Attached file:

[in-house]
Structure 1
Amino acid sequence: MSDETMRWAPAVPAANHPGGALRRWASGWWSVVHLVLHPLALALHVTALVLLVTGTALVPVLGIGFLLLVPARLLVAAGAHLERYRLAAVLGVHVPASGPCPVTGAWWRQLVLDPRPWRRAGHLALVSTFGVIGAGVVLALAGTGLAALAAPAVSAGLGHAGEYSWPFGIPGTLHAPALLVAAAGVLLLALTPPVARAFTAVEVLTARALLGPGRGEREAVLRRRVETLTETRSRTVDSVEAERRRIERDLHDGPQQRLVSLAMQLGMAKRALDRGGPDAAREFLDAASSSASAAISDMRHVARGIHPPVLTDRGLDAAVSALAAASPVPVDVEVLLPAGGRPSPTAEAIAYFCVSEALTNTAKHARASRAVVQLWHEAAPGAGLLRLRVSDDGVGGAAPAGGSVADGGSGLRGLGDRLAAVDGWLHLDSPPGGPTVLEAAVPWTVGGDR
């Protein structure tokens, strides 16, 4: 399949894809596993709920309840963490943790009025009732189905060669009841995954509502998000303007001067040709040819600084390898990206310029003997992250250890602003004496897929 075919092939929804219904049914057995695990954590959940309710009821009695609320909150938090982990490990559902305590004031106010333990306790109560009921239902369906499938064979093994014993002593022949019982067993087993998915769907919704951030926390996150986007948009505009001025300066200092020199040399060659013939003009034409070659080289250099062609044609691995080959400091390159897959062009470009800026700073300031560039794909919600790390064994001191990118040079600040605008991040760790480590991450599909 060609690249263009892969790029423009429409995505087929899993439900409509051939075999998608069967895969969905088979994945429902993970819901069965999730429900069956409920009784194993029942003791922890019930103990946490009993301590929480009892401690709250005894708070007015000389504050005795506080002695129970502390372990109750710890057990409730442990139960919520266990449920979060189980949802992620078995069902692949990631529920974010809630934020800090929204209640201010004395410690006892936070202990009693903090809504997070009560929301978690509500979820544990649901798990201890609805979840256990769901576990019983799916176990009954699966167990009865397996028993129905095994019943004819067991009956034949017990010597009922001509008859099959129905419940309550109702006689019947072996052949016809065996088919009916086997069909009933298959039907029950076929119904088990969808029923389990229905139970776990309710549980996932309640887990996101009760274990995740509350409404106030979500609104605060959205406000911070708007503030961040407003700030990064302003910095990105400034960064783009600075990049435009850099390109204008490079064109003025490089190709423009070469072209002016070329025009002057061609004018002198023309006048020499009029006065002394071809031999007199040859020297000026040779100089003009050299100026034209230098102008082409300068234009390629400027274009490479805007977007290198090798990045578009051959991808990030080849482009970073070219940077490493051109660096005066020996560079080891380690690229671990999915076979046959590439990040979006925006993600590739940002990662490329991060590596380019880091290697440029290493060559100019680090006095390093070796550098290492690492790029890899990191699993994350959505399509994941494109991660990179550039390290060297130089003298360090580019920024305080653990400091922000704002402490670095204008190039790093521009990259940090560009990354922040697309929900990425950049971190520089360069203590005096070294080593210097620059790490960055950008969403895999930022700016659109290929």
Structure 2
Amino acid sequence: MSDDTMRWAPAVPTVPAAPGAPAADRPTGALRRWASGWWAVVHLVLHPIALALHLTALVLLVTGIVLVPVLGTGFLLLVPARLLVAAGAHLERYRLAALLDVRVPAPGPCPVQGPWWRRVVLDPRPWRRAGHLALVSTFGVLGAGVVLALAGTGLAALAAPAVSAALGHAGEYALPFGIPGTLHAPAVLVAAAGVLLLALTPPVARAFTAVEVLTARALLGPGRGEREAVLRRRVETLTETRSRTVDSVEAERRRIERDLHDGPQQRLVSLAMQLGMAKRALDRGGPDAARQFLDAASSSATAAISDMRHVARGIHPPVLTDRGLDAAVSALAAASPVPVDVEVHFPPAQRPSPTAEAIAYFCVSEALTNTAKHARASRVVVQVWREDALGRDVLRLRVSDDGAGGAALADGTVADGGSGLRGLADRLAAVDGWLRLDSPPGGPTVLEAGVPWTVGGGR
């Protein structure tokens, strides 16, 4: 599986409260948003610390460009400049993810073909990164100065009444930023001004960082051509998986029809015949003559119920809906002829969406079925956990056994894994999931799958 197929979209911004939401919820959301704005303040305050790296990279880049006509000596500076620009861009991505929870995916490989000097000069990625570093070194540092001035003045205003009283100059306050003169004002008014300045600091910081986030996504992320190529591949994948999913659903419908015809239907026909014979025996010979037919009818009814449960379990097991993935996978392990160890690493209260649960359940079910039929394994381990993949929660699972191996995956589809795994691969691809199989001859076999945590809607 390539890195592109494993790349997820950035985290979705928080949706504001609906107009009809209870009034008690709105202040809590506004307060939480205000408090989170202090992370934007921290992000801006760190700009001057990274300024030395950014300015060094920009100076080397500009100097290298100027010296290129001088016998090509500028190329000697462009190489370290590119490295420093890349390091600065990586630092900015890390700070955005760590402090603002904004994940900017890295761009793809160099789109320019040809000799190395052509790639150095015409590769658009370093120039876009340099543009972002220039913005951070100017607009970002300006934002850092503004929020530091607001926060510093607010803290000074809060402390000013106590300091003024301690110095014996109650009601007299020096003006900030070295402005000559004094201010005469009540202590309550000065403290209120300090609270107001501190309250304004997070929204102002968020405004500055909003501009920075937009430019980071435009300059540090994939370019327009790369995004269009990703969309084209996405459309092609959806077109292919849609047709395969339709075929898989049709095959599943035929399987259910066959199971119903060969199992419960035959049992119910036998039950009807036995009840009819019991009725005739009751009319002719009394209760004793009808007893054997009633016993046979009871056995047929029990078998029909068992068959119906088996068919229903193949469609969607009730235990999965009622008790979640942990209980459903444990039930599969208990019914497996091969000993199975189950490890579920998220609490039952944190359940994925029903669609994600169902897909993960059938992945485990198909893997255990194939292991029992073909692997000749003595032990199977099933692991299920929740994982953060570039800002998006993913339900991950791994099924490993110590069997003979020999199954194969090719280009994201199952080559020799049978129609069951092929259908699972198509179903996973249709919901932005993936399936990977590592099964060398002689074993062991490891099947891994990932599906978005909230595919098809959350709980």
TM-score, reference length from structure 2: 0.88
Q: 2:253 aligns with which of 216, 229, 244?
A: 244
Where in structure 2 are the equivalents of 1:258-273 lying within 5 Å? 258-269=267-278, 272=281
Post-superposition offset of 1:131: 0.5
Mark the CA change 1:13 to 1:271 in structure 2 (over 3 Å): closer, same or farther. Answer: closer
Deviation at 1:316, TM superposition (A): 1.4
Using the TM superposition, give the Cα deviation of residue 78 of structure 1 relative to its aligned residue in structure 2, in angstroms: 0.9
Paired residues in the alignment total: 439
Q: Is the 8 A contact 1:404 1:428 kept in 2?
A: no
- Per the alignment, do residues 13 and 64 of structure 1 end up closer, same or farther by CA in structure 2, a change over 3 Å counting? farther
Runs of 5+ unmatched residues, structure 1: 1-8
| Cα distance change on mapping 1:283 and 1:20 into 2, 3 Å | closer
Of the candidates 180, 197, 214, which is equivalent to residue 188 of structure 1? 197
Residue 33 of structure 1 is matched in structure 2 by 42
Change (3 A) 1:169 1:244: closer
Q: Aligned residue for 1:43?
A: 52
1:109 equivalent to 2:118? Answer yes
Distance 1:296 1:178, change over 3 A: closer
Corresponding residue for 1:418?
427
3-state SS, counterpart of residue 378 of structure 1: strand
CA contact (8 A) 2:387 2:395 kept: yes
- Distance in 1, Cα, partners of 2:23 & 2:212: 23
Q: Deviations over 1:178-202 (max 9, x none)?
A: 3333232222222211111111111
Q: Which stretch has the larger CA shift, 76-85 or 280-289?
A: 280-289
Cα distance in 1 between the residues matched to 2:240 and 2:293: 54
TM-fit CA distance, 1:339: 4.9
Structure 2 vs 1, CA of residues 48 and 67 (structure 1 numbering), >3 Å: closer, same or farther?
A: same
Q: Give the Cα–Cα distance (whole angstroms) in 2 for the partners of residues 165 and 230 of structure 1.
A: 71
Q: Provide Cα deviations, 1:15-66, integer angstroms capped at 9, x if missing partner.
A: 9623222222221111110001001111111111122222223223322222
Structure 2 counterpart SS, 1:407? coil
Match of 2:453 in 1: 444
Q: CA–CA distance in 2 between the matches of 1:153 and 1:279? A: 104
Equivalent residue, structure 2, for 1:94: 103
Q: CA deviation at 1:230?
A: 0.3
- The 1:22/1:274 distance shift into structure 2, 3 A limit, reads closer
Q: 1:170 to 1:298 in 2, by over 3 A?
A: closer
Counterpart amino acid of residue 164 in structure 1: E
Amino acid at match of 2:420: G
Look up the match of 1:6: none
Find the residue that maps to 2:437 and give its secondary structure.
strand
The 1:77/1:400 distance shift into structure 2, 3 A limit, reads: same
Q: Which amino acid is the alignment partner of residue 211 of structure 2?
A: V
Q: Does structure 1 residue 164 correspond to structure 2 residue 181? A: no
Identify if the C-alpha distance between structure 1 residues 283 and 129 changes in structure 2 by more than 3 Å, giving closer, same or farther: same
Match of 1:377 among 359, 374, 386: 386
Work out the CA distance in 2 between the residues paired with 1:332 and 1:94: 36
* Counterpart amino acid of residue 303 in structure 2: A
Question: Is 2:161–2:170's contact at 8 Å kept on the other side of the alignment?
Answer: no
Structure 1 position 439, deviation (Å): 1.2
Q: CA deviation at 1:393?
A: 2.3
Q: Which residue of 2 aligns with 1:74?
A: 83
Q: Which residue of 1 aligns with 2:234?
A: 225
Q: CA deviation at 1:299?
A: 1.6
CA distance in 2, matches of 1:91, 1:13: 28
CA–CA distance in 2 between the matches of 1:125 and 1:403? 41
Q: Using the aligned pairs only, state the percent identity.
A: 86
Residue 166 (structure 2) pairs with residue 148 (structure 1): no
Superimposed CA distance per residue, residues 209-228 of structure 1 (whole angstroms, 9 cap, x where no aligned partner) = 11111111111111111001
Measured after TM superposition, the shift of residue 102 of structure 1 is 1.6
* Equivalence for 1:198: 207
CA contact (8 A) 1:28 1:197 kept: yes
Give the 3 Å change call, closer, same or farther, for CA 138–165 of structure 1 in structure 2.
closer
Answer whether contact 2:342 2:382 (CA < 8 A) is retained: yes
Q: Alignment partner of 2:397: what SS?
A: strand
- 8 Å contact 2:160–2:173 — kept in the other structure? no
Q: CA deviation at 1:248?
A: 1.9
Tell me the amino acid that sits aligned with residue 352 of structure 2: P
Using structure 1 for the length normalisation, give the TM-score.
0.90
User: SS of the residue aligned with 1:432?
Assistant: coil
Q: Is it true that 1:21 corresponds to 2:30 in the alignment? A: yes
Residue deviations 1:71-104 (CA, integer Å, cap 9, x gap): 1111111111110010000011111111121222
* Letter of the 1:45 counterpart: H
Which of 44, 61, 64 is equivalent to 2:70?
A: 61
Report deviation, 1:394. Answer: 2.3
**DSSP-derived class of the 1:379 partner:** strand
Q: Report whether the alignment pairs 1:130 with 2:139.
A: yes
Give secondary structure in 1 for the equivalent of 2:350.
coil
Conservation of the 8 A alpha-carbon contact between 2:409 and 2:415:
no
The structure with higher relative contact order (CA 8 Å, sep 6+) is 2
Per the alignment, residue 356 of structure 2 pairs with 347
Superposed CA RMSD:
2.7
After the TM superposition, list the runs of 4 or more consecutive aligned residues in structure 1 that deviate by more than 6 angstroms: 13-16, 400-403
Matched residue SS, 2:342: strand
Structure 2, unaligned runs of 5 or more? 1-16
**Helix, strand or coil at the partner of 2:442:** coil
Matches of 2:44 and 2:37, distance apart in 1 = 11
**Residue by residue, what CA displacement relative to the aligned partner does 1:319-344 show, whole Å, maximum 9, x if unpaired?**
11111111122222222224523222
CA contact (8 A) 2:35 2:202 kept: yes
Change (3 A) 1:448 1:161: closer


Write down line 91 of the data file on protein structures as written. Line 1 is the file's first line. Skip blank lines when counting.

Q: Alignment partner of 2:397: what SS?